I've noted before that my high school days were no picnic. I wasn't part of the "in-crowd" and I pretty much marched to the tune of my own drummer, which wasn't highly thought of in the small Midwest town where I grew up.
One of the few classes I totally enjoyed was the Humanities class that I took in my senior year. It was composed of a small group of students... maybe ten, and two instructors. There, along with learning interesting things about art, architecture, music, and such, we were allowed to express our individuality through projects such as pottery and candle making, and changing up the decor of the classroom to include hand tie-died curtains (in purple of course), and each one of us designing our own pillow for floor seating in a circle. This being the early 1970's we thought we were a pretty cool bunch. Class size was limited and other students were pretty envious of our unique learning environment. I'm sure they envisioned us smoking strange substances behind the closed door... though we weren't.
By the very nature of the small class which included lots of discussion, we became a close knit group of individuals who actually had very little in common and likely would not have been friends otherwise. One of the instructors was just a few years older than we were, and some of us often gathered at the apartment where she and her husband lived in the evenings for more music and esoteric conversation.
Birthdays were always a big deal at my house growing up, my Mom made sure they were. That didn't mean large parties, huge expenditures, or a big pile of gifts. It did mean a special gift and a few smaller things, all wrapped up pretty, balloons and streamers hanging from the ceiling, supper of choice, and always a beautiful homemade cake. When we were small there were parties, as we got older it became slumber parties or doing something special with a friend or two.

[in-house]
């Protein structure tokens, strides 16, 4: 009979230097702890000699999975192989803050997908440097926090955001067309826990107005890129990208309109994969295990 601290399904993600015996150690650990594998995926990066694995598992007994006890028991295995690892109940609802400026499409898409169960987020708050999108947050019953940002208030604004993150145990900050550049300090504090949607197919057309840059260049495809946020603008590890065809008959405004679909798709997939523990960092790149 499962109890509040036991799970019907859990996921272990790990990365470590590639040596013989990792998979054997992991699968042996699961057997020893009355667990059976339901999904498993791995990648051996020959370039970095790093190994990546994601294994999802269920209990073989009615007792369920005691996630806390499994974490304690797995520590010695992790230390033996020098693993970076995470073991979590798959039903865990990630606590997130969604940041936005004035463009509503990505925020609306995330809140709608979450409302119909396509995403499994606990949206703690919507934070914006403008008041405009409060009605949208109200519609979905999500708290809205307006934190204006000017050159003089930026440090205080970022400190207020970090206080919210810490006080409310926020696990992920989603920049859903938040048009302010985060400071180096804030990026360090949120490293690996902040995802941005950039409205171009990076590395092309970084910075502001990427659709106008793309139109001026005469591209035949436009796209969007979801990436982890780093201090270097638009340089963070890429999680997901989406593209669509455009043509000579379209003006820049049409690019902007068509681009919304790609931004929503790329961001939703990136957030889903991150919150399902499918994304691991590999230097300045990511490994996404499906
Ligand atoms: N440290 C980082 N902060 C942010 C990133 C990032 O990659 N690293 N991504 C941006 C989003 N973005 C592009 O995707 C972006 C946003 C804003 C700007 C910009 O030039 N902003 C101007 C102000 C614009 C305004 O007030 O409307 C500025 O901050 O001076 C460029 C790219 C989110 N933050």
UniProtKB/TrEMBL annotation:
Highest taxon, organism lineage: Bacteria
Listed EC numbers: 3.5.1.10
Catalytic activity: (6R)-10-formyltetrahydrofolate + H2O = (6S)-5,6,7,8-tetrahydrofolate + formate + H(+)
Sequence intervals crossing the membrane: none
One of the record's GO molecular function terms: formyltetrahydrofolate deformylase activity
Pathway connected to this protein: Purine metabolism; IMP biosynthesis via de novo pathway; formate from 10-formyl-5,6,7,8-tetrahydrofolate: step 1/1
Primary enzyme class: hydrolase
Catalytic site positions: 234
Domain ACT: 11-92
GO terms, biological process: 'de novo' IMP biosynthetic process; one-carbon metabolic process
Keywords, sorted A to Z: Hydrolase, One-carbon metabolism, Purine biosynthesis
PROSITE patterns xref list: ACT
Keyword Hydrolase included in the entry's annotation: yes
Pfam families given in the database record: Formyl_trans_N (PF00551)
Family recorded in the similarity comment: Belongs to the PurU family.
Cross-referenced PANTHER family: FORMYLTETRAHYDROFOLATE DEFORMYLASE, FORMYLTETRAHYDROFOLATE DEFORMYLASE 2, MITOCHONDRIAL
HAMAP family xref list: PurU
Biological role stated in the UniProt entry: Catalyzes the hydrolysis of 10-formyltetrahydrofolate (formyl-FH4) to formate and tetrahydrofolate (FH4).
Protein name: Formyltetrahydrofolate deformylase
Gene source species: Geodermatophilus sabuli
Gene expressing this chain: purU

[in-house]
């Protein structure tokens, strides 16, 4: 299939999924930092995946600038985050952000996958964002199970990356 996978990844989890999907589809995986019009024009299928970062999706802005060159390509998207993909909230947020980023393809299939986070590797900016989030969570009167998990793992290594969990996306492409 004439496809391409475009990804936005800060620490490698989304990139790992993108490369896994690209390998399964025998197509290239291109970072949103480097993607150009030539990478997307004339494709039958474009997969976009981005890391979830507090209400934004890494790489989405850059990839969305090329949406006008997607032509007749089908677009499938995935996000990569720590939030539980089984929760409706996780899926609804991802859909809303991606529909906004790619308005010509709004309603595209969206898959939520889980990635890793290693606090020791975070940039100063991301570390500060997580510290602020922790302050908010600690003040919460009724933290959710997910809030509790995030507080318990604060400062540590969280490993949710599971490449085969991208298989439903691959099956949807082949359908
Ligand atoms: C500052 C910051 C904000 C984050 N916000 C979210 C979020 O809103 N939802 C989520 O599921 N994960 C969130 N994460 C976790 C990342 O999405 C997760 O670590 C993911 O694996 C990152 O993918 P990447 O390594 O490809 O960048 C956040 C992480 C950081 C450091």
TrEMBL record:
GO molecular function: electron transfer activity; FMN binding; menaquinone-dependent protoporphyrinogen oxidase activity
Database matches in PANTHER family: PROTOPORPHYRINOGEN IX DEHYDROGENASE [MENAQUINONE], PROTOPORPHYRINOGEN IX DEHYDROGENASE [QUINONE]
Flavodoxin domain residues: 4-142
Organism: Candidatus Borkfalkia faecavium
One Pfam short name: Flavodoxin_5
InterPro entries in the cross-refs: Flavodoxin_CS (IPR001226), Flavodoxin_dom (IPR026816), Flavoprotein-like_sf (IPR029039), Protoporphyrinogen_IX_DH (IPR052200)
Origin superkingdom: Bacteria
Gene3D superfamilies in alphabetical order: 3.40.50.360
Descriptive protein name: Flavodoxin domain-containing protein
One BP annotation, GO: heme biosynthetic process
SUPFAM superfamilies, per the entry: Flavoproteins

I had very few close friends as I reached my eighteenth birthday, but I wanted to mark the occasion in some special way. I secured my Mom's approval to invite my Humanities Class over for a homemade spaghetti supper, served with Boone's Farm Apple Wine. (Anybody old enough to remember this stuff?) Afterwards we went to a movie at little theater in our town, and then somewhere after 10 PM, decided that we really needed to get the toboggan sled out of our garage and head out to the hill north of town for a little sledding in the moonlight on that cold February night. We had a blast!
Nearly everyone in the class attended the party, which surprised me greatly, and I can honestly say a good time was had by all. It remains one of the few truly happy memories of my high school days.
(Years later my parents shuddered when they realized that they had, without really considering it, served alcohol to a bunch of minors! :-)
How about sharing one of your memories with us at Memories on Mondays?